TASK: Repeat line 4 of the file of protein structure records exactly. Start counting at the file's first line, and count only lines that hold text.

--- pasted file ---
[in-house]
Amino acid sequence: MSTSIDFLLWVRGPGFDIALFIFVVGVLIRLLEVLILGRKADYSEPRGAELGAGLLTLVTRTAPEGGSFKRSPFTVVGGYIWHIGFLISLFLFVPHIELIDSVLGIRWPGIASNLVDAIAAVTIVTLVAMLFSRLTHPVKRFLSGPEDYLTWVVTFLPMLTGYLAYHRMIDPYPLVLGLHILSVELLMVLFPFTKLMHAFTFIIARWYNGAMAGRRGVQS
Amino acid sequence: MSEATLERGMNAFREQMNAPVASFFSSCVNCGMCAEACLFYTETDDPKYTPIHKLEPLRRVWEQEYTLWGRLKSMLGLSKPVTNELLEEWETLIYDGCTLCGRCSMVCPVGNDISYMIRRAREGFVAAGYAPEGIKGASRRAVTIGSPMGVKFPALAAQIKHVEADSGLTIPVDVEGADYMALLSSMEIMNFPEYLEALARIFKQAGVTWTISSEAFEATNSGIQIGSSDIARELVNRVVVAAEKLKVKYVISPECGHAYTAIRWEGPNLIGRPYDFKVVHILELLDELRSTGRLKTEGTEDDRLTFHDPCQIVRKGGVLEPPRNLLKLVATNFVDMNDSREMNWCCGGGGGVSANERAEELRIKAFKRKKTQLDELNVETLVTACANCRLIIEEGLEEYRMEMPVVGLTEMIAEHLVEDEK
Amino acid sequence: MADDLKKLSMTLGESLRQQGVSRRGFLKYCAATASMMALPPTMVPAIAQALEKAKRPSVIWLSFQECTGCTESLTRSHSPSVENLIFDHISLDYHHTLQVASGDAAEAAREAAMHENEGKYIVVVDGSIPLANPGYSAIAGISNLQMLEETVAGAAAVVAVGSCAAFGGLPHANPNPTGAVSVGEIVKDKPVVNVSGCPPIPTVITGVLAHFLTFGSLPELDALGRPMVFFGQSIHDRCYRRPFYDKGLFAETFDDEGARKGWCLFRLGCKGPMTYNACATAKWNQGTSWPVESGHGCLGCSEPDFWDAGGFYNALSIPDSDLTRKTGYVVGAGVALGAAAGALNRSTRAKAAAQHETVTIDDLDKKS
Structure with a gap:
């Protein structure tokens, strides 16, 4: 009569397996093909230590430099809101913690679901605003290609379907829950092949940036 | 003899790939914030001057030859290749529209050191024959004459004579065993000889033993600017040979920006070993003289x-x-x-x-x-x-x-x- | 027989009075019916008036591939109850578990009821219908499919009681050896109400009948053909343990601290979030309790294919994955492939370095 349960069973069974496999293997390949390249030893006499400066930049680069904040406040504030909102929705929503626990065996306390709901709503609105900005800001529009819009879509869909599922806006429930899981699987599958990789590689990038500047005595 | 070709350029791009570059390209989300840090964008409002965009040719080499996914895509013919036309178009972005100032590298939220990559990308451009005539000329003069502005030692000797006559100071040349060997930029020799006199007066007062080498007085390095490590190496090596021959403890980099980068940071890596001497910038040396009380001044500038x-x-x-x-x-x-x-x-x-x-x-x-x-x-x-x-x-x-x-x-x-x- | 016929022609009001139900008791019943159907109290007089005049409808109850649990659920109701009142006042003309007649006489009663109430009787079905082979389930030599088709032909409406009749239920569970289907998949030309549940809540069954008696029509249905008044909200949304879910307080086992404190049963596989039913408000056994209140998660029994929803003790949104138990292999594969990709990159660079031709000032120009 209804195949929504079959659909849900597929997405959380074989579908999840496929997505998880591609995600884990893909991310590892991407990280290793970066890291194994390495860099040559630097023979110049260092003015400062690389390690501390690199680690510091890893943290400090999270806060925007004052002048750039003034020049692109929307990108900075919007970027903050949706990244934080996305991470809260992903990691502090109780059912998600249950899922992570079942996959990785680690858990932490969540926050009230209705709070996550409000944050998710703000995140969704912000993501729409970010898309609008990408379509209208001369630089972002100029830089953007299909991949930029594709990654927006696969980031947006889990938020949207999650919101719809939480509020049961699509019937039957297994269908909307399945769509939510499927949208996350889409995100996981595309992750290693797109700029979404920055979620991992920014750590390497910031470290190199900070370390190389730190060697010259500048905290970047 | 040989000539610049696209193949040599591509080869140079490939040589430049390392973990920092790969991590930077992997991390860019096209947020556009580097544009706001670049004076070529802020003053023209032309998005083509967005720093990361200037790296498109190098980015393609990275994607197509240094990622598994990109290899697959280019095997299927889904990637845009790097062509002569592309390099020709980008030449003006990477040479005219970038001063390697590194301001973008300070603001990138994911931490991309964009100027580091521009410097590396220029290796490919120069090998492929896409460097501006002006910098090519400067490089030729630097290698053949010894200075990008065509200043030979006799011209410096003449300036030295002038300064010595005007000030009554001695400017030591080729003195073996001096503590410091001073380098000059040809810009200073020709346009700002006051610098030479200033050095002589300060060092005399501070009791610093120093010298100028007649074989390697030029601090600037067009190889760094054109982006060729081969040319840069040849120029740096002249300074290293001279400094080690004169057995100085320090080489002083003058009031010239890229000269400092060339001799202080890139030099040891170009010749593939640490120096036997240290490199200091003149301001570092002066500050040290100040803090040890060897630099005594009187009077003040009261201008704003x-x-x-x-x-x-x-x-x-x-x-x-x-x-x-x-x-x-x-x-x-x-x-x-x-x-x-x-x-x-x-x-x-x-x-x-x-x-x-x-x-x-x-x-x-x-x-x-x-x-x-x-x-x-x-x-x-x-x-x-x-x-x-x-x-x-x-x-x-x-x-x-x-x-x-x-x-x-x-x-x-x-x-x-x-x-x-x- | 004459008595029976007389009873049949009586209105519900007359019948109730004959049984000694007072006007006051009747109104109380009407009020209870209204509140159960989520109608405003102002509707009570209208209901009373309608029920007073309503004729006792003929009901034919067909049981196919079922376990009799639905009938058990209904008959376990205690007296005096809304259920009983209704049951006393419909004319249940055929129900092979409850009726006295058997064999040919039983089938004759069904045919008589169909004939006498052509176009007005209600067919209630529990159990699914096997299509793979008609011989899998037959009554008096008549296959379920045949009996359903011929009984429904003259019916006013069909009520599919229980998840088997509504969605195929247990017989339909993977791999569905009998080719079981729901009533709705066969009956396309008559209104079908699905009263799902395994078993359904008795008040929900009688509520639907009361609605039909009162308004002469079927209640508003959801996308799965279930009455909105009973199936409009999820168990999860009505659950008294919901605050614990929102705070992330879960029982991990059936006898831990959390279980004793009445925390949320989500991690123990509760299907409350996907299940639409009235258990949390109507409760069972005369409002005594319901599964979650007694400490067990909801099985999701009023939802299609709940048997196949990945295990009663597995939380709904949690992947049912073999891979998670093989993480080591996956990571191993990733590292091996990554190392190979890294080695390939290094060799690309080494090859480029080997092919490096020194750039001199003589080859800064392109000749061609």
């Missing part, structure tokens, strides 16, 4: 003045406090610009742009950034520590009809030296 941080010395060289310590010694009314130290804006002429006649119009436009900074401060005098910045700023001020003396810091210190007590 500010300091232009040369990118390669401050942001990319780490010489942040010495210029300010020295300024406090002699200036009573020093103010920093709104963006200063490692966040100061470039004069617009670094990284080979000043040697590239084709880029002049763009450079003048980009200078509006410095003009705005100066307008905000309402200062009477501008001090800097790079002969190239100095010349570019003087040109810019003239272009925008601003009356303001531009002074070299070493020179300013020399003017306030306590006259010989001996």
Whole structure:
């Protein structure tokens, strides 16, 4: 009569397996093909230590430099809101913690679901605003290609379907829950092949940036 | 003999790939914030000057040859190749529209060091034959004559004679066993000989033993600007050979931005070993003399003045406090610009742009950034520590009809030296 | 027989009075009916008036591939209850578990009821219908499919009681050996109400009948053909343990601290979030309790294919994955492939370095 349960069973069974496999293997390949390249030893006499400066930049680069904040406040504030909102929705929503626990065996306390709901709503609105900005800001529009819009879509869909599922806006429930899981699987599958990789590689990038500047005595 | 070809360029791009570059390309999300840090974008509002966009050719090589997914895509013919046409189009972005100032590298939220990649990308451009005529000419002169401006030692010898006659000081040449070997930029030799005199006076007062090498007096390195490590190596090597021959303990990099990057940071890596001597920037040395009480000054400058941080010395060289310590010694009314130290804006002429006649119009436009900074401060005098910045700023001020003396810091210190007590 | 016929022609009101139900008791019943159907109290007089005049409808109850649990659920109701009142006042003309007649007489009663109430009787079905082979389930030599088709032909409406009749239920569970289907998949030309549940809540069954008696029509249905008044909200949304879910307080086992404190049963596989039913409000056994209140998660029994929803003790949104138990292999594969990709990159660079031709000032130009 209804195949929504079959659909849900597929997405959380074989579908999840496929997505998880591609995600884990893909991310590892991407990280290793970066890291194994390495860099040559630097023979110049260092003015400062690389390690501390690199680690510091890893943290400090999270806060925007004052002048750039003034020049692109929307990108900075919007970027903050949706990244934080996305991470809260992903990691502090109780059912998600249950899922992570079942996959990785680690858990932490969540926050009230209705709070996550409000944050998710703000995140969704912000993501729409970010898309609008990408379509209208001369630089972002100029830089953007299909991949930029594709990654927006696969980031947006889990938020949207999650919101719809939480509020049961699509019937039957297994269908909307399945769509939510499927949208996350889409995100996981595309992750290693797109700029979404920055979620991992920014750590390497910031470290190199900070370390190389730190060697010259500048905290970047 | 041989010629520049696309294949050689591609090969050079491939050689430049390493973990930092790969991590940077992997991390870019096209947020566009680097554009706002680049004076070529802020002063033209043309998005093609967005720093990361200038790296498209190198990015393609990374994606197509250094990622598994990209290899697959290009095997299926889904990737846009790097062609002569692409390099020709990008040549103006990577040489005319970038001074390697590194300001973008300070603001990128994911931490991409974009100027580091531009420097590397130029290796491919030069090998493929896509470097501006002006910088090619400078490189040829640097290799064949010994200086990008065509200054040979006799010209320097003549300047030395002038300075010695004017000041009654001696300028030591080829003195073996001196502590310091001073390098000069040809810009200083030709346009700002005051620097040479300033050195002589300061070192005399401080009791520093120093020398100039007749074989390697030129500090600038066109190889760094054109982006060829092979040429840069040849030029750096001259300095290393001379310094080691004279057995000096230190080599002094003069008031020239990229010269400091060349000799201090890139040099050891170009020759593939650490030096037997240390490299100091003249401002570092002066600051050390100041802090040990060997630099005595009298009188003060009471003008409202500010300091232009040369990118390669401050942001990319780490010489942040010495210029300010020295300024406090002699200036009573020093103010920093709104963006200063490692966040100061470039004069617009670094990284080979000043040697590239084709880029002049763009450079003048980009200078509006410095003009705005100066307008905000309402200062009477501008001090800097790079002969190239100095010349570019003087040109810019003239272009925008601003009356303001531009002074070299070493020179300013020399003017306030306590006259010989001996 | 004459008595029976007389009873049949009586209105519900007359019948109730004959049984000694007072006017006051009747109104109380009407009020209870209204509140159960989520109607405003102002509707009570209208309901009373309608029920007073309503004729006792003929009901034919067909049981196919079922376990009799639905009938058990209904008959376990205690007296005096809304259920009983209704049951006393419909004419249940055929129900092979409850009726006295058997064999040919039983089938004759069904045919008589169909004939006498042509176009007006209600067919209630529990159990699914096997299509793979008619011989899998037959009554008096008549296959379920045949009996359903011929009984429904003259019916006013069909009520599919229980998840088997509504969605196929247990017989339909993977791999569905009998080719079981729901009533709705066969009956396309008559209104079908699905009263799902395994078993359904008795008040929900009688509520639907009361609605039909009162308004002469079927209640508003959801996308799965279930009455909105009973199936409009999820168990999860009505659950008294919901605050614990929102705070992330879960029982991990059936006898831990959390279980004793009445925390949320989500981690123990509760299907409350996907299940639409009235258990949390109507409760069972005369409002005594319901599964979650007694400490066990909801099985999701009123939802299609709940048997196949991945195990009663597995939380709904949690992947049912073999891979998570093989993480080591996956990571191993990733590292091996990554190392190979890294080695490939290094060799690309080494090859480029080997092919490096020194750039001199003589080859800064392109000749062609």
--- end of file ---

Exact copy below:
Amino acid sequence: MADDLKKLSMTLGESLRQQGVSRRGFLKYCAATASMMALPPTMVPAIAQALEKAKRPSVIWLSFQECTGCTESLTRSHSPSVENLIFDHISLDYHHTLQVASGDAAEAAREAAMHENEGKYIVVVDGSIPLANPGYSAIAGISNLQMLEETVAGAAAVVAVGSCAAFGGLPHANPNPTGAVSVGEIVKDKPVVNVSGCPPIPTVITGVLAHFLTFGSLPELDALGRPMVFFGQSIHDRCYRRPFYDKGLFAETFDDEGARKGWCLFRLGCKGPMTYNACATAKWNQGTSWPVESGHGCLGCSEPDFWDAGGFYNALSIPDSDLTRKTGYVVGAGVALGAAAGALNRSTRAKAAAQHETVTIDDLDKKS